Isn't this also at least partially fallout from climate disruption (which is what I wish the branding were instead of "global warming" since it might get people's minds off the "warm" thing). I'm a meteorology dolt, but the talking weatherheads said the giant Nov-May frigid trough hovering directly over my house right now is the result of particularly lengthy and violent storm activity around Indonesia or thereabouts.
posted by FelliniBlank at 4:11 PM on April 2


I nominate that "super el nino" should be called "el niño gordito"
posted by idiopath at 4:17 PM on April 2 [18 favorites]


fshgirl, I've seen the same bizarre behavior from otherwise intelligent people, though I'm starting to wonder if we've had the timescale all wrong. I used to try to comfort myself with the "eh, I'll be dead then" thinking, but it's looking like the next several decades are going to be fairly hairy in terms of weather, food shortages, people fleeing places like Bangladesh, etc.

And I can understand the perverse drive to actually root for crazy weather. Like, the derechoes that have been roaring through Central Ohio in recent years have finally convinced my folks that yes, something weird is going on with the climate. But then there are all the awful consequences of these extreme weather events on people and wildlife.

Really, I would like to wake up one of these mornings to find that "climate change" was just a bad nightmare I was having. The result of some pizza too close to bedtime, that is all.
posted by whistle pig at 4:17 PM on April 2 [1 favorite]


"I'm a meteorology dolt, but the talking weatherheads said the giant Nov-May frigid trough hovering directly over my house right now is the result of particularly lengthy and violent storm activity around Indonesia or thereabouts."

My very rudimentary understanding is that weather patterns are lingering longer than they used to because the jet stream is slowing down and occasionally getting stalled. The jet stream is fueled both by Earth's rotation and the difference in temperature between the equator and the poles. With global warming the poles heat up and there's less energy available to the jet stream to push weather systems away, so they linger and we get months of the same weather instead of just weeks.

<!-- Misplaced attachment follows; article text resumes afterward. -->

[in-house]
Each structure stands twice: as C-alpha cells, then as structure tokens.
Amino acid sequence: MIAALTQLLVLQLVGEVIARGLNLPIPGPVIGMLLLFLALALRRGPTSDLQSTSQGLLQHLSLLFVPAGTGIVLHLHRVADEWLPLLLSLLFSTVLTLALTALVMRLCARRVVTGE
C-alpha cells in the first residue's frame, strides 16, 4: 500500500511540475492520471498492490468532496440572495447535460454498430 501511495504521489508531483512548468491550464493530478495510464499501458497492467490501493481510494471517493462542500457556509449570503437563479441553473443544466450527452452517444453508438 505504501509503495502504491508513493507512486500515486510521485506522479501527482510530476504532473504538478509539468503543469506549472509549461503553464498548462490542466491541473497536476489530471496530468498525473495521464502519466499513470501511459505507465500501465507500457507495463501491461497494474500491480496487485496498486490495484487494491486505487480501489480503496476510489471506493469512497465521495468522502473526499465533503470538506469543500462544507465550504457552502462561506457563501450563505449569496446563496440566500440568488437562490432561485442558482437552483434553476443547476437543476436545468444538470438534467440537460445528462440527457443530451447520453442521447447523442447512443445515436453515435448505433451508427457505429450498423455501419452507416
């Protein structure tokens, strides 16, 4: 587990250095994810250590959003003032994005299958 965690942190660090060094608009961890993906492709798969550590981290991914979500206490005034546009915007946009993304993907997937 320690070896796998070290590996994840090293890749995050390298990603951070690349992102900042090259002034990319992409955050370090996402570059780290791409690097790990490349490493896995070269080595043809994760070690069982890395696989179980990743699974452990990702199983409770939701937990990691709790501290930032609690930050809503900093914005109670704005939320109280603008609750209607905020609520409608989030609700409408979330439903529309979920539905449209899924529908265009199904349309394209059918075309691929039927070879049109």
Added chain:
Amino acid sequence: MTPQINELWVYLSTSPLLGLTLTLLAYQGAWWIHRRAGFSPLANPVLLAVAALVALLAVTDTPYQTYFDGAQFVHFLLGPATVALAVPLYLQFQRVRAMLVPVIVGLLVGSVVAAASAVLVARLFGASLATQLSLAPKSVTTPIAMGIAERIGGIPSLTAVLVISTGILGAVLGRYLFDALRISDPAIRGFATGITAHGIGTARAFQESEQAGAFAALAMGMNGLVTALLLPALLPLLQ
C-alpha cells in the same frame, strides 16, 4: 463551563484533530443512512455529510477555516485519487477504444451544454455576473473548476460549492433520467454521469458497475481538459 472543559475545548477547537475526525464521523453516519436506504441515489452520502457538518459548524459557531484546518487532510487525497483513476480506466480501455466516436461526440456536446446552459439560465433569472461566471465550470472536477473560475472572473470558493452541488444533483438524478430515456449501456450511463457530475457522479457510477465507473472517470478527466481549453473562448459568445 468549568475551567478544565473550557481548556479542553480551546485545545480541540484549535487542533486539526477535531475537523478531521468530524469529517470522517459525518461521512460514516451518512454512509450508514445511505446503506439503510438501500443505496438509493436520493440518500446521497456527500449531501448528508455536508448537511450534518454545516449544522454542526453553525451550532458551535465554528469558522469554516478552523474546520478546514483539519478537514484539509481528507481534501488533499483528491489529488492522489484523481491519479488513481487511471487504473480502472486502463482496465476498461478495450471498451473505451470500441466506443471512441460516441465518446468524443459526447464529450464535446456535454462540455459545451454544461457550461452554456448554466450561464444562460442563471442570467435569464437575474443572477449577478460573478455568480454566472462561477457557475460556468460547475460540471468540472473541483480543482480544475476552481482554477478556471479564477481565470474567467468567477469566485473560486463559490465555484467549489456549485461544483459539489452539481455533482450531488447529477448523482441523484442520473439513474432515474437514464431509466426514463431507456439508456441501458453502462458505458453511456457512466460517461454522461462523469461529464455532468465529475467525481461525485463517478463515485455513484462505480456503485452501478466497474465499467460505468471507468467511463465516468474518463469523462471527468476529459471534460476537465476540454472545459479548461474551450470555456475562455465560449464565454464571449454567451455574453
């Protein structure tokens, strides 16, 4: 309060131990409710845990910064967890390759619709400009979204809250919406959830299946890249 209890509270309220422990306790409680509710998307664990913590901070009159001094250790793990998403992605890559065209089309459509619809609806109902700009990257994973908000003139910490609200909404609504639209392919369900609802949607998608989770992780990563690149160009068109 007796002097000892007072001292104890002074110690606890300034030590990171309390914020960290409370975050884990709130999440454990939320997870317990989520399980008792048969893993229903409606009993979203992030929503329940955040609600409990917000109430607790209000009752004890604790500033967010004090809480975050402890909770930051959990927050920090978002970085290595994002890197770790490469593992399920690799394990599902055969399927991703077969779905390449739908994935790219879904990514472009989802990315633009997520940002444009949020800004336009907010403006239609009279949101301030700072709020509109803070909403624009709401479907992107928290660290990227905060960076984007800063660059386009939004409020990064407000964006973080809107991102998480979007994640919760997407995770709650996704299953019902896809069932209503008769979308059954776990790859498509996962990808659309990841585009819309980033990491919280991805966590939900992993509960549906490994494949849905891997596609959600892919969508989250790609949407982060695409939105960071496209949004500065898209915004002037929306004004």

posted by Kevin Street at 4:19 PM on April 2 [2 favorites]


An El Nino this year will give the fuckers an answer.

"You AGW fanatics should make up your minds. If I say it's cool you say it's weather, but if you say it's temporarily hot it's suddenly climate? It's just natural seasonal variation. You're a hysterical scare mongerer who hates civilisation and wants us all to live in grass huts. Hurr durr China and India should go first otherwise there's no point in doing anything."
posted by obiwanwasabi at 4:46 PM on April 2 [3 favorites]


^SARCASM: Does not reflect the actual views of Jedi Councillor Wasabi.
posted by obiwanwasabi at 4:48 PM on April 2 [1 favorite]


A few weeks ago I was talking to a friend who moved here to California about four years ago. She sort of breezily commented on how yeah it rains in winter, but it's not really any big deal.

I looked at her and said "you haven't been here during an El Niño year, have you?"
posted by ambrosia at 5:03 PM on April 2 [2 favorites]